The Wilmot Proviso, if adopted, would have
prohibited slavery in any territory acquired in the Mexican War.
The debate over slavery in the Mexican Cession threatened to
split national politics along North-South lines.
In 1848, the Free Soil party platform advocated all of the following:
support of the Wilmot Proviso; free government homesteads for settlers; opposition to slavery in the territories; and an end to slavery in the District of Columbia.
Presidential candidates in the 1848 election included
Martin Van Buren, Lewis Cass, and Zachary Taylor.
According to the principle of "popular sovereignty"
the question of slavery in the territories would be determined by the vote of the people in any given territory.
The public liked popular sovereignty because it
fit in with the democratic tradition of self determination.
In the 1848 presidential election, the Democratic and Whig parties
remained silent on the issue of slavery.
The key issue for the major parties in the 1848 presidential election was
The event that brought turmoil to the administration of Zachary Taylor was
the discovery of gold in California.
The Free Soldiers argued that slavery would
cause more costly wage labor to wither away.
Of those people going to California during the gold rush, a distressingly high proportion were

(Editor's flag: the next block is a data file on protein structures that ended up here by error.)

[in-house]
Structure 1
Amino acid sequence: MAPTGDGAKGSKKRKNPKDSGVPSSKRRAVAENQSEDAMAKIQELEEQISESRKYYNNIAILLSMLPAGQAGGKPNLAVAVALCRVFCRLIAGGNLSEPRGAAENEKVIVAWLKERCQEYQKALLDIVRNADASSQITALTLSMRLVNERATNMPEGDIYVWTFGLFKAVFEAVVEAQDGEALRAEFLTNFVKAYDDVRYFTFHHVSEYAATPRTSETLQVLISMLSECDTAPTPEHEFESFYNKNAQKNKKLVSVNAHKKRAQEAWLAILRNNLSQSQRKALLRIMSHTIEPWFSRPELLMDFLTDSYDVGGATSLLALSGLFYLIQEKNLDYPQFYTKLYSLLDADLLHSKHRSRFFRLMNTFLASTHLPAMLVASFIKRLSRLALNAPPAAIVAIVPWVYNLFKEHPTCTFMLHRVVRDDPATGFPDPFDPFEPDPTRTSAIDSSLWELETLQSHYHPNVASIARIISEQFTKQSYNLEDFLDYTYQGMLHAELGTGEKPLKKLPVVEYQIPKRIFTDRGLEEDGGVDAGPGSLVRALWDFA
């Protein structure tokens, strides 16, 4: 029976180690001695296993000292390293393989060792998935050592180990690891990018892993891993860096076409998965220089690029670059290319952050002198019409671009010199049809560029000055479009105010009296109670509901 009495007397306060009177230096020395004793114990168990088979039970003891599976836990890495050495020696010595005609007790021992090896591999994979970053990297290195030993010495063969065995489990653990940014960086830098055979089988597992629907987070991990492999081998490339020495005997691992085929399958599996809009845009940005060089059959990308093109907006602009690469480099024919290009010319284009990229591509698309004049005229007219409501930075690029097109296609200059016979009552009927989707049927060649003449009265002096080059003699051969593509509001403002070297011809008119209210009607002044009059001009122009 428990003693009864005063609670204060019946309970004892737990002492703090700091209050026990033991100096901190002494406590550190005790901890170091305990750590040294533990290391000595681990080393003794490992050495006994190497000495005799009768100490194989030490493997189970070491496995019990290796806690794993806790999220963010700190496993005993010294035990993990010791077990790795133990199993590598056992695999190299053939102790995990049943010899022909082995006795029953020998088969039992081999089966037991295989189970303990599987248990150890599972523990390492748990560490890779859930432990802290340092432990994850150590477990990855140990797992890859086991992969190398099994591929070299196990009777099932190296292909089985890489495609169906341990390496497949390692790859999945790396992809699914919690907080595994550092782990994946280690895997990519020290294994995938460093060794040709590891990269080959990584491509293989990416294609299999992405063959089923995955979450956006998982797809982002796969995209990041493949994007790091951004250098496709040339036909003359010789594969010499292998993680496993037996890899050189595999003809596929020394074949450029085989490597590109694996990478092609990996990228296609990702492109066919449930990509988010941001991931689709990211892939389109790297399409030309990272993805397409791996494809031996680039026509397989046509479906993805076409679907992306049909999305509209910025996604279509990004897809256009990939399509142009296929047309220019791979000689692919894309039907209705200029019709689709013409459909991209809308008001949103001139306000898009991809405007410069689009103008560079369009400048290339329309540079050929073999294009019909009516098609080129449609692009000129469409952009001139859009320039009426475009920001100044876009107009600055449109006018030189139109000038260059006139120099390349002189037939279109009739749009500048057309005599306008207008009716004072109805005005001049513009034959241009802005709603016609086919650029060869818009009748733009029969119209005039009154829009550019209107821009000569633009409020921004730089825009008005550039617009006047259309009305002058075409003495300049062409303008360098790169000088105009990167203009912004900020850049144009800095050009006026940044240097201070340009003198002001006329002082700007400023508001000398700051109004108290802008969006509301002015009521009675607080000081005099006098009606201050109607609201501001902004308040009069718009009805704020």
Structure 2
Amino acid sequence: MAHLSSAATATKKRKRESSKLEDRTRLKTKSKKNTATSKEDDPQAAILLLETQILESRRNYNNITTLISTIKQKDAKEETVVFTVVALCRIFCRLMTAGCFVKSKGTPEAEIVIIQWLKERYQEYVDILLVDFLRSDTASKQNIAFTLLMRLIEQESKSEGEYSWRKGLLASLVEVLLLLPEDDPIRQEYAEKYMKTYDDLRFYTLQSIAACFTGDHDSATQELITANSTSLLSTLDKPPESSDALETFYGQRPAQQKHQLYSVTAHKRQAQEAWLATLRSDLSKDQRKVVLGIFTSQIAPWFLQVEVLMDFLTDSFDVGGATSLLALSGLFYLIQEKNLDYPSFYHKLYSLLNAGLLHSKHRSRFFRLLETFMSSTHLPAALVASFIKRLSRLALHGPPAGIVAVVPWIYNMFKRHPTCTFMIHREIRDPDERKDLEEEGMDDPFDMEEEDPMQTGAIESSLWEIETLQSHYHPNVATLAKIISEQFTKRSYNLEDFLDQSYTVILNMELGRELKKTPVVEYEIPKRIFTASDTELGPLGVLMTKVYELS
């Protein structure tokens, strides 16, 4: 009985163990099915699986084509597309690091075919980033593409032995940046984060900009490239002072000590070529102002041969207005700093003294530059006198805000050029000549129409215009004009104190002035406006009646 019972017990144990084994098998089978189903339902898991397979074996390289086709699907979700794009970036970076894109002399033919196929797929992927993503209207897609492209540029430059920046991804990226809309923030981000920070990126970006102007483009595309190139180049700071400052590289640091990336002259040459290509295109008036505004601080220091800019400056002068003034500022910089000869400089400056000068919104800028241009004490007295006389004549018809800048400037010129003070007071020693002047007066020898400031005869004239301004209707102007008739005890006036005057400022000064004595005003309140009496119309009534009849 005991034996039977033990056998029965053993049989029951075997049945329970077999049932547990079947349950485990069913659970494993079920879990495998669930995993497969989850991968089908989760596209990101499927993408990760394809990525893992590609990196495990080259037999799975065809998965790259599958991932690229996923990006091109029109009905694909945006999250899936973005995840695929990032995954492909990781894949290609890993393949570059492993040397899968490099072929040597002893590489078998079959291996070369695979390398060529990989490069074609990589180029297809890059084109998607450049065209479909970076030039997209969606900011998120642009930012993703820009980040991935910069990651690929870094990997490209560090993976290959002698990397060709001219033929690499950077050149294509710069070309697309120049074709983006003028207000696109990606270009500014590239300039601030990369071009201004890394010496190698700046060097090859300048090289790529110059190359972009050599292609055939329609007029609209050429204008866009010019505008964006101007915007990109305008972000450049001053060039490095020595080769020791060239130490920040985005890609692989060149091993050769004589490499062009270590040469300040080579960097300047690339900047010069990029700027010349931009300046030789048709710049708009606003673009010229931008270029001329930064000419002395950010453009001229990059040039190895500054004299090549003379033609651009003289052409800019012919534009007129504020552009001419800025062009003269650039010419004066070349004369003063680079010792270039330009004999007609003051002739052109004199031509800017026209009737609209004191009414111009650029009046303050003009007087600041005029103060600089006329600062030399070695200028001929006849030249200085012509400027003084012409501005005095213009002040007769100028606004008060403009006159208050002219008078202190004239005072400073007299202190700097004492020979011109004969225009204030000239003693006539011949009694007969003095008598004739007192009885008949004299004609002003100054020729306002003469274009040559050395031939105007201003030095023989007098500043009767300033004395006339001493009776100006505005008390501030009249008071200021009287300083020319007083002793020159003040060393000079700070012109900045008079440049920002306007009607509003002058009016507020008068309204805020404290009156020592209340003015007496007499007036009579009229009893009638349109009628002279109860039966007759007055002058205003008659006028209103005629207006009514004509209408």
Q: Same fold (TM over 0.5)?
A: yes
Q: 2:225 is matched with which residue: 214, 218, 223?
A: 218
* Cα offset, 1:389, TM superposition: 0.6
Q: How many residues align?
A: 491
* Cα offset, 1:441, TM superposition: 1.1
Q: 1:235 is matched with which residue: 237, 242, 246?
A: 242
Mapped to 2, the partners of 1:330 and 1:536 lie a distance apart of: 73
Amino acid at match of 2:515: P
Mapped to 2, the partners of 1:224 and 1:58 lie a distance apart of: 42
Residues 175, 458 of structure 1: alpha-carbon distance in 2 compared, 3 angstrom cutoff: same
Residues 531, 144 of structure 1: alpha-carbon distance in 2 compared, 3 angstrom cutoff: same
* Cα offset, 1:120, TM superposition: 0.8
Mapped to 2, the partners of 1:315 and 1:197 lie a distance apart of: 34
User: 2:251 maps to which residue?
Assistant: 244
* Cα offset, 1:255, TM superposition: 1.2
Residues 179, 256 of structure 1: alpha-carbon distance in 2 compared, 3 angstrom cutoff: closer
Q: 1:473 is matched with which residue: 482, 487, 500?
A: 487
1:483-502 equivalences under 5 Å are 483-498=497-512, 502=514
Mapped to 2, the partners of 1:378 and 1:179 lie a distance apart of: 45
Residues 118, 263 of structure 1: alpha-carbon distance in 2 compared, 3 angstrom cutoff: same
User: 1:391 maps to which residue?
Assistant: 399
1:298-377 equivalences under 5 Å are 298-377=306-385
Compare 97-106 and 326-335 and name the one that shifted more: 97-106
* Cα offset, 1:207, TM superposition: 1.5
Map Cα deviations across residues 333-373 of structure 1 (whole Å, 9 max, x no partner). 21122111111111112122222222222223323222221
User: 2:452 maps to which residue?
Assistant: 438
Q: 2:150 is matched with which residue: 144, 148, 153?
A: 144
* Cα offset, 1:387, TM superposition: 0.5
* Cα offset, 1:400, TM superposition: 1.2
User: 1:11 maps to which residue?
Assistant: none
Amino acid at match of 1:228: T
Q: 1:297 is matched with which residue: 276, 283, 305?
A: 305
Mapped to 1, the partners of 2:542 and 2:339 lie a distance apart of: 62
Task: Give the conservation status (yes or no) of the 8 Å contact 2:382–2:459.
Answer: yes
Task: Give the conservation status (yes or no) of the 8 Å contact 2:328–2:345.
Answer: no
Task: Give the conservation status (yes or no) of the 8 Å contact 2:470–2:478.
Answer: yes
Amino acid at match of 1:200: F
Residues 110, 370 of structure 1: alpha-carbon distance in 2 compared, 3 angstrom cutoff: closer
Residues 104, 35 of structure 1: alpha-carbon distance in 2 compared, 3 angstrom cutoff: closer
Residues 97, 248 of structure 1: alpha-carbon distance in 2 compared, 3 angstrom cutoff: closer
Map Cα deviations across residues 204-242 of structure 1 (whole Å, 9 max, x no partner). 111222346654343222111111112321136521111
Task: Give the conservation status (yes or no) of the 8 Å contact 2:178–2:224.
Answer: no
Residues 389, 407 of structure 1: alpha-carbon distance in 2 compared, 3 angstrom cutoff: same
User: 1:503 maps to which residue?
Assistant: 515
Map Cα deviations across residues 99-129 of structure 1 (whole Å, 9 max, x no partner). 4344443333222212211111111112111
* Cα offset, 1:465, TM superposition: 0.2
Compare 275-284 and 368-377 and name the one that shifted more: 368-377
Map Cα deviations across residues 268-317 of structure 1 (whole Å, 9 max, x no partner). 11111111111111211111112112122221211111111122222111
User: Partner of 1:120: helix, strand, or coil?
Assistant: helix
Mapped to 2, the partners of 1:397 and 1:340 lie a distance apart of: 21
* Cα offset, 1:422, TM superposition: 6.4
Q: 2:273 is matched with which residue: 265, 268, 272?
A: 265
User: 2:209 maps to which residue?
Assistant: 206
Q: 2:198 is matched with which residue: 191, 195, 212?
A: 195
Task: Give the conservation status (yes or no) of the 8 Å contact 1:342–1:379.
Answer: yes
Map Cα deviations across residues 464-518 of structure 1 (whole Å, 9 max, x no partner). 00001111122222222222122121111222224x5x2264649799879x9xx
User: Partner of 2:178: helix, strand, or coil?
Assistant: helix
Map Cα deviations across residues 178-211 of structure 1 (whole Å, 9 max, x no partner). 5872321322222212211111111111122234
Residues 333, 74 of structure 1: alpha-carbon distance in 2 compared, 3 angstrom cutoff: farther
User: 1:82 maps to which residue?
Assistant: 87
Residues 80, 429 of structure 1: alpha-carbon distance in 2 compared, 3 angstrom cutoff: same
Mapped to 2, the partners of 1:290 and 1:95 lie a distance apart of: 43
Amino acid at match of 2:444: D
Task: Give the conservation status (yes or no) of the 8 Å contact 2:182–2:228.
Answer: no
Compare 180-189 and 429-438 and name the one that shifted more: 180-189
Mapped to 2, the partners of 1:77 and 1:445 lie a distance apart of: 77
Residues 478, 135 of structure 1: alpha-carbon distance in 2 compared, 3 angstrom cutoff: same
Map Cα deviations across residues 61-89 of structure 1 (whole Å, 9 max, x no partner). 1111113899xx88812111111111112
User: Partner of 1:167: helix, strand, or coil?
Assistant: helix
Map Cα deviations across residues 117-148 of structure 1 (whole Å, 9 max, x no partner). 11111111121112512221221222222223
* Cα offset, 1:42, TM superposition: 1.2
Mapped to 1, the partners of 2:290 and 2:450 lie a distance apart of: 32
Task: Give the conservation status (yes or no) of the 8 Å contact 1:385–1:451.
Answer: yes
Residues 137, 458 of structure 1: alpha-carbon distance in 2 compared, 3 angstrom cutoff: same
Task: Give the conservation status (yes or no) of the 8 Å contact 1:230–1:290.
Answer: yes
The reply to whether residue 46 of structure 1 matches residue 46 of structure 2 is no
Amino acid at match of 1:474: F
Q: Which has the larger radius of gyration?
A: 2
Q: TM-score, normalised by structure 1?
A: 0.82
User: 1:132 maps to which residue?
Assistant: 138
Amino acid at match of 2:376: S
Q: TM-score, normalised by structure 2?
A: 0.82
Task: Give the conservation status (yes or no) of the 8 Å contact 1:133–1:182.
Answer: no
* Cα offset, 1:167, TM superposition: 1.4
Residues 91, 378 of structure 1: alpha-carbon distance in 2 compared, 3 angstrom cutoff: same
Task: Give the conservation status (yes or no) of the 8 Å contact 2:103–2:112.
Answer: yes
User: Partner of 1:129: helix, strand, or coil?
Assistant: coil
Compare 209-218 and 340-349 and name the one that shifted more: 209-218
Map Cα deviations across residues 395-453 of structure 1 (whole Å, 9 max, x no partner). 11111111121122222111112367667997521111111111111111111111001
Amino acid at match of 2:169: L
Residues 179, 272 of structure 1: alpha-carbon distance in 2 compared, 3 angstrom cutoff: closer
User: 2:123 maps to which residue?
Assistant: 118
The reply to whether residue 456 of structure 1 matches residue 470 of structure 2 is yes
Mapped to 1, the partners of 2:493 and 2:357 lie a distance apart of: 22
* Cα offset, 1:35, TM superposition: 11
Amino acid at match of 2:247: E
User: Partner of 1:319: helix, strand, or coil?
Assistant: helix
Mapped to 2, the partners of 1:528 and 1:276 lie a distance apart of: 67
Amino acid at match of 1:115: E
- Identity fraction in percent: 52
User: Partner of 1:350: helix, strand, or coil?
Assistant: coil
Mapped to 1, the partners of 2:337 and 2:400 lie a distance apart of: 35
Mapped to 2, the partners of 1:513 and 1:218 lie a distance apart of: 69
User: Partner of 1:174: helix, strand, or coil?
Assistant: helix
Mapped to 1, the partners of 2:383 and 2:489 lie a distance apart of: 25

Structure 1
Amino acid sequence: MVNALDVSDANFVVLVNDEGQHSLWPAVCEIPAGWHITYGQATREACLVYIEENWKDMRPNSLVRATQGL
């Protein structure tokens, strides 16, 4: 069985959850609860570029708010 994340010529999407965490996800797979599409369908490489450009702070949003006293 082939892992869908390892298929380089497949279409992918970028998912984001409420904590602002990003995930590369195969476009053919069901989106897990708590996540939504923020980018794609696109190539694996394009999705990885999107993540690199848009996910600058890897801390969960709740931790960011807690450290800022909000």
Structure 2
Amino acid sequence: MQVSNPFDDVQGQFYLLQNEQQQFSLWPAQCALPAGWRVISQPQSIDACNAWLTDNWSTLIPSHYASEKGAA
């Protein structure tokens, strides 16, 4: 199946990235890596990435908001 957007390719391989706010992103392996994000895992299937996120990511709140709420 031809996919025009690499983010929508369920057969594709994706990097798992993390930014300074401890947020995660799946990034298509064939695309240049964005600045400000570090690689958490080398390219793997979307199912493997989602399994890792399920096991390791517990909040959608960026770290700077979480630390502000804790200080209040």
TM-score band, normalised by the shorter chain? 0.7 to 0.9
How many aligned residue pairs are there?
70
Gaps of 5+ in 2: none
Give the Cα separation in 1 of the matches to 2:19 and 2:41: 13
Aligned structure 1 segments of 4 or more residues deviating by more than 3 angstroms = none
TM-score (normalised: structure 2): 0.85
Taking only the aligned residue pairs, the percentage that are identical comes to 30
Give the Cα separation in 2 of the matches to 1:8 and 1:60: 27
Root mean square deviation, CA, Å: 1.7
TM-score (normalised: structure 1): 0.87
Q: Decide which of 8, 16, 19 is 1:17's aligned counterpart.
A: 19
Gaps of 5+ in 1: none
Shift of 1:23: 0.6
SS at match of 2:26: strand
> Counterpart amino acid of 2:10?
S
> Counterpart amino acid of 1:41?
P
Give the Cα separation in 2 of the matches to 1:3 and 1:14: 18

The Free Soilers condemned slavery because it
destroyed the chances of free white workers to rise to self-employment.
By 1850, the South was
relatively well off, politically and economically.
Harriet Tubman gained fame by
helping slaves to escape to Canada.
During the 1850s, slaves gained their freedom most frequently by
John C. Calhoun's plan to protect the South and slavery involved
the election of two presidents, one from the North and one from the South.
Daniel Webster's famed Seventh of March speech in 1850 resulted in
a shift toward compromise in the North.
In his Seventh of March speech, Daniel Webster called for
a new, more stringent fugitive-slave law.
For his position in his Seventh of March speech, Daniel Webster was
viciously condemned by abolitionists.
The Young Guard from the North were most interested in
purging and purifying the Union.
In the debates of 1850, Senator William H. Seward, as a representative of the northern Young Guard, argued that
Christian legislators must obey God's moral law.
During the debate of 1850, William H. Seward argued that there was a "higher law" than the Constitution that compelled him to
demand the exclusion of slavery from the territories.
President Zachary Taylor unknowingly helped the cause of compromise in 1850 when he
died suddenly and Millard Fillmore became president.
Southern delegates met at a convention in Nashville in the summer of 1850 to
condemn the compromises being worked out in Congress.